AUSTRALIAN pillow manufacturer Tontine has conducted a scientific research study on hundreds of used pillows from across Australia, and the results suggest our old pillows can make us sick.
Mycologia, the Australian research company that conducted the research for Tontine, found that pillows older than five years had twice as much mould in them when compared to pillows less than two years old.
The different types of mould present in pillows also appeared to be directly related to the age of the pillow.
Dr Heike Neumeister-Kemp, CEO of Mycologia and former chairman of the Indoor Air Quality Special Interest Group for the Clean Air Society of Australia and New Zealand, said, "This is great news for those of us who change our pillows every two years. Not so great for the rest of us."
With the average age of a pillow in Australia close to five years, the research suggests Australians are putting themselves at risk.
Irrespective of whether you are allergic to mould or not, breathing in large numbers of nasties from mouldy pillows puts your immune system under pressure as it needs to work harder to fight them off.
"As a parent, sometimes we're so tired that we can practically sleep standing up, but this research suggests we need to consider the health of our sleep, which can be directly related to the health of our pillow," said Dr Neumeister-Kemp.
The research also demonstrated differences in mould levels found in pillows from state to state.
The pillows collected in the Northern Territory had six times more mould than those collected in New South Wales.
Western Australia was found to have the next highest levels of mould, followed by Queensland, South Australia, Victoria and Tasmania, where the least amount of mould was found.
Tontine also tested children's pillows. The results showed that children's pillows are as bad as the adults.
This finding is scary when you consider that a child's respiration rate is higher than adults, so they are probably breathing in more mould.
This fact, coupled with a child's developing immune system, can increase the risk of adverse health effects.
Dr Heike Neumeister-Kemp said, "Of the types of mould that we found, there were a number of pathogenic species, which can cause disease, especially in those with low immunity."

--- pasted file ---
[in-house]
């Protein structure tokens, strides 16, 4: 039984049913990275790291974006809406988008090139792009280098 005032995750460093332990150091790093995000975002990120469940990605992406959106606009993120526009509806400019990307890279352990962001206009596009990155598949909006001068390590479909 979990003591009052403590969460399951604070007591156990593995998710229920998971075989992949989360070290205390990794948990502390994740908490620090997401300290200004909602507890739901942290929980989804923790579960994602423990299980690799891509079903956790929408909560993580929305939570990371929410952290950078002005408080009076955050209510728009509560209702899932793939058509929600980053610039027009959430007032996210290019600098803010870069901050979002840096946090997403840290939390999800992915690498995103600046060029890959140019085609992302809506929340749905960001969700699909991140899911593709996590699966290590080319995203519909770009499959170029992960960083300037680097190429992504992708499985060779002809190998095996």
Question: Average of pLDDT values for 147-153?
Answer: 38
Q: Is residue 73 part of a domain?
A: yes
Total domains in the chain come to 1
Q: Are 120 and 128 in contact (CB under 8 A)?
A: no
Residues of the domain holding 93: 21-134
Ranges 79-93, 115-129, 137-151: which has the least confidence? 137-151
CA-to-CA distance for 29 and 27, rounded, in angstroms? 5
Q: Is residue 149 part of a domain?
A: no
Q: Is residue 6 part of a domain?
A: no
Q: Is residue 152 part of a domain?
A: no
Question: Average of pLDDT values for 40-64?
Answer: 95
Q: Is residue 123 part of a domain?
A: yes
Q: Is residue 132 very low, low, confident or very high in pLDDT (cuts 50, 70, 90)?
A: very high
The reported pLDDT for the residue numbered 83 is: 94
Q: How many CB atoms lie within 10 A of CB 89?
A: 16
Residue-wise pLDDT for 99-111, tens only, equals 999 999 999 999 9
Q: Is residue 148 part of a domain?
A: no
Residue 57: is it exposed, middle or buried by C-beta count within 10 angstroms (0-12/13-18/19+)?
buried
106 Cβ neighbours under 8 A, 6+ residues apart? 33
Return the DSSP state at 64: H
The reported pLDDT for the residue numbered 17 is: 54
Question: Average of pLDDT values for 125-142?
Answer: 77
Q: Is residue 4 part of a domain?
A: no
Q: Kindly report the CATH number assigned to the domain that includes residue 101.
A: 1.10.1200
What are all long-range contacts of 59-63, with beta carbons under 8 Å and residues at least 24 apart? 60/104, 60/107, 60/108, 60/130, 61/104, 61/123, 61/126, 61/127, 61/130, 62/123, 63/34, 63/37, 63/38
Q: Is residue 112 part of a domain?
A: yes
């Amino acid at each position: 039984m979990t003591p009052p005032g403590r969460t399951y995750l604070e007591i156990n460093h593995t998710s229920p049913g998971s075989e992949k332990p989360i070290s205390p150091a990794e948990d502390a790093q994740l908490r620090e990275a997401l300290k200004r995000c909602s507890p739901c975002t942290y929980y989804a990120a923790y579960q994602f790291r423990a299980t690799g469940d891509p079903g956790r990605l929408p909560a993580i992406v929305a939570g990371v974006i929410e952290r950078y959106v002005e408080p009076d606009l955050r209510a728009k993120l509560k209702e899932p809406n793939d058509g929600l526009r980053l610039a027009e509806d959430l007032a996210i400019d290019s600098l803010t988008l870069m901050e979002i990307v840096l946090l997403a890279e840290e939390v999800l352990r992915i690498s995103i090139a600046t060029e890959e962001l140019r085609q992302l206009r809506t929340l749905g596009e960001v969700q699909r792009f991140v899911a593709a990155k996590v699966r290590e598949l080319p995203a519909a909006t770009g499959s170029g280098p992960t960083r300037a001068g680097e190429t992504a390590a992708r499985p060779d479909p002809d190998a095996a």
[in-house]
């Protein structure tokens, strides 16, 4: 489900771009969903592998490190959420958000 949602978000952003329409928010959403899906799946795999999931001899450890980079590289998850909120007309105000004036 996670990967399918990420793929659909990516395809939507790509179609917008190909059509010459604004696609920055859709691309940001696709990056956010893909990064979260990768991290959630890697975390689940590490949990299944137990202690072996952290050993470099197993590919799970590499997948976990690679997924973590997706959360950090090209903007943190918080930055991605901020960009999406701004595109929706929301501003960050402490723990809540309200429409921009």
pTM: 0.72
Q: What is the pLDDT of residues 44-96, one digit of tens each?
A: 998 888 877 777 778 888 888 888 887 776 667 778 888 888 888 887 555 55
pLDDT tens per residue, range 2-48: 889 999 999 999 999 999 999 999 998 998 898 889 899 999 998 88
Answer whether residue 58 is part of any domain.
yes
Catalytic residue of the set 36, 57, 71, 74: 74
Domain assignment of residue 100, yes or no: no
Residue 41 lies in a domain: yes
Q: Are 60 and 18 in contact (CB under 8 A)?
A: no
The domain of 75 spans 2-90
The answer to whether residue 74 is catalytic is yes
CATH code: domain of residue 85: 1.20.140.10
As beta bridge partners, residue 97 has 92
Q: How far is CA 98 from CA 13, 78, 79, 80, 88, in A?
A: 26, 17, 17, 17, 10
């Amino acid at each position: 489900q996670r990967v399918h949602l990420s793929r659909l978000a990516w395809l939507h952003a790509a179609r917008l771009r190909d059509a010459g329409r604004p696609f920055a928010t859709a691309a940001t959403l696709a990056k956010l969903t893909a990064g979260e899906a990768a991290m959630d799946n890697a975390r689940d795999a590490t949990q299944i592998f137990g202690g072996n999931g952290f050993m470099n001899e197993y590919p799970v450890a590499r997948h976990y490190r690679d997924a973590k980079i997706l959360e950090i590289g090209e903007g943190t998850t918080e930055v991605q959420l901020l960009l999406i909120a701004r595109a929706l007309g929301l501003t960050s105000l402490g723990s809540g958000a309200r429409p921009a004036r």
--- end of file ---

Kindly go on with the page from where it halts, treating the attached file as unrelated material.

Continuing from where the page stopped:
Over time, a pillow can grow a complex ecosystem made up of dead skin cells and the things that feed on them.
"Most of us spend up to a third of our lives in bed and nasties build up inside our pillows, which creates a hygiene issue," Dr Heike Neumeister-Kemp said.
"Fungi love to grow in the warmth and moisture we sweat from our bodies. They use the nutrients from our dead skin cells to grow right under our noses," she said.
"These organisms can emit toxins, which we breathe in when we go to bed at night," Dr Kemp said.
The National Asthma Council of Australia also recognises the benefits in pillow hygiene.
"Research has shown that 43% of people with hay fever allergies report that their symptoms are triggered by dust, or dust mites, which is the second most common trigger behind change in climate or humidity," said Adam Trumble, partnerships manager of the National Asthma Council Australia.
Mr Trumble also said, "More than 50% of people with allergies report their allergy symptoms affect their sleep, causing them to miss out on a good night's sleep."
Synthetic pillows should be replaced every two years to reduce the amount of nasties in your pillow.
Taking care of your pillow
- Regularly wash your pillow, most pillows can be put in the washing machine on the 'delicate' or 'gentle' wash cycle.
- Make sure you dry your pillow in the sun
- Use a pillow protector
- Keep pets away from your pillow
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